Numerous manufacturers specialize in devices that make routine activities easier. Activities such as cooking and gardening can be more fun when a person uses any of the handy assistive devices now on the market. Here are a few to consider:
Multi-purpose openers: these compact, electric, countertop units make cooking more fun. In one easy-to-operate machine, you will find an automatic jar opener, can opener and bottle opener.
Gardening seats: these portable canvas chairs fold up for easy storage and often feature several handy compartments for storing hand tools, seed packets or insect repellent.
Lift chairs: these chairs and recliners look like beautiful furniture. They feature a wide array of built-in mechanisms that tilt, elevate or otherwise enable the user to sit up and sit down with ease. Massage chairs also are a part of this family.
On the Go
Light the Way
Another convenient and budget-pleasing item that has found a ready market among seniors is a newfangled flashlight that never needs batteries. The almost unbreakable unit is charged by shaking it using a motion similar to that employed when shaking a can of spray paint. Shake-shake-shake and turn on the flashlight.
The magic is in the internal magnet that passes repeatedly through a wire coil. The motion builds a current in the flashlight's capacitor and results in a well charged flashlight that's ready when needed.
The flashlight's illuminating capabilities come not from a traditional bulb but from a brilliant LED (Light Emitting Diode) that casts a glow more than six-feet in diameter. Its non-glare light provides an always-reliable way to brighten the path to the bathroom at night or reveal the coin that was dropped behind the couch. A flashlight one can count on is certainly a must-have on the list of essential products for seniors.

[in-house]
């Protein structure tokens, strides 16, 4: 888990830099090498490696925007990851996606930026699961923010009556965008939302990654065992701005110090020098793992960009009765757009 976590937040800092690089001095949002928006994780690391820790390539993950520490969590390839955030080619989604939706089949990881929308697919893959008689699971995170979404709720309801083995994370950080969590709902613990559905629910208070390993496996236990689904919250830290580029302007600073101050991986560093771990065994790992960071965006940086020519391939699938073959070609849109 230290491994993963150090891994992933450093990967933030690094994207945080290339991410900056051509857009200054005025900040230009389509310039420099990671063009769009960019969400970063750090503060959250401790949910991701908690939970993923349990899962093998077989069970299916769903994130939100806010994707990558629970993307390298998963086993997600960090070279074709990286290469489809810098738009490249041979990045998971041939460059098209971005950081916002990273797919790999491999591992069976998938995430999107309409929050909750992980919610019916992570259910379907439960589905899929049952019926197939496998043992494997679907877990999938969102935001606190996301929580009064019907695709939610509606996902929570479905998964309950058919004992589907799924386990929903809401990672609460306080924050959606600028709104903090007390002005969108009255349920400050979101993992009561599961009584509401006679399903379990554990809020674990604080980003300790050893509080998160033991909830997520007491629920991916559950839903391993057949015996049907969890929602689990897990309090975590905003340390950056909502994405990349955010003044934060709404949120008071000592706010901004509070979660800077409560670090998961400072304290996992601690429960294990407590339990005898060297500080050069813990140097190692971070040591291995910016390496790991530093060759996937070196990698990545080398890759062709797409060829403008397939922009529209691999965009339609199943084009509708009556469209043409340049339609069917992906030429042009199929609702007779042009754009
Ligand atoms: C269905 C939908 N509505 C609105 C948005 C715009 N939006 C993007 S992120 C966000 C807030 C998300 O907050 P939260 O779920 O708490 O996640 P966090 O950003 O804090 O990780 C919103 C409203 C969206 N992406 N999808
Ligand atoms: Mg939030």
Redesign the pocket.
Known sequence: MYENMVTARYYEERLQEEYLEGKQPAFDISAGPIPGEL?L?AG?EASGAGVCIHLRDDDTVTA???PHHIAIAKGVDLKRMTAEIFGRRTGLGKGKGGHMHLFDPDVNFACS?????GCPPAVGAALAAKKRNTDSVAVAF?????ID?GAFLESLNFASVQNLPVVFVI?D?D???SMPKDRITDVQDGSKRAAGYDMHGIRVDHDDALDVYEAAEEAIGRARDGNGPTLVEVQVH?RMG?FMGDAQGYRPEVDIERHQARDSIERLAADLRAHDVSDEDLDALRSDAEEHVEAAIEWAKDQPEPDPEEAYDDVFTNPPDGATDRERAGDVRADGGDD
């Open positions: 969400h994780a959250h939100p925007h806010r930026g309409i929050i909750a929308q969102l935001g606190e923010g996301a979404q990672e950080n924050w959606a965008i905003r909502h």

And a flashlight that never needs batteries means added savings, too. This product runs the gamut on the price range; it can be found in many retail stores for less than $10 or in fancier outlets for about $40. Most models can be shake-charged hundreds of times.
Reading small print sometimes is a troublesome task. Fine print such as that found in television program guides and many paperback books presents a problem for many people. Some seniors find it helpful to use one of the compact magnifiers now on the market. The magnifiers come in many shapes; some resemble long, slim wands which are useful for scanning a full page of print, a few lines at a time. Others are flat and have a rectangular shape that just about covers an entire page of a phone book or a goodly portion of a newspaper.
Some magnifiers are the size of a credit card and fit into a protective case or plastic sleeve. Those types are easily tucked into a pocket, wallet or purse. Many feature a bright but tiny built-in light that comes in handy when illumination is needed to read a menu in a candle-lit restaurant or a playbill in a darkened theater. The light is embedded into the perimeter of the magnifier. It is turned on and off by squeezing an indicated spot on the gadget's frame.
In the world of essential products for seniors there are multitudes of inventions that make most folks glad they live in modern times, instead of in the so-called good old days. This handy magnifier is a keeper, for sure. A wealth of handy devices await to make reading, recreation, hobbies and all kinds of activities a snap. Here is a sample:
Talking caller ID: this little machine identifies in a clear announcement the origin of incoming phone calls. No longer is there a need to peer at a small screen to visually determine who is calling. The unit announces the name or phone number of the caller.
Giant-size playing cards: oversized playing cards with jumbo graphics put an added measure of comfort and fun into any get-together with card-playing friends. Jumbo size card decks for bridge also are popular.
Exercise systems: the variety in exercise systems built with seniors in mind is astounding. Elliptical trainers, recumbent bicycles, step machines and treadmills designed for use underwater in a swimming pool are among the offerings. Anybody up for a swim?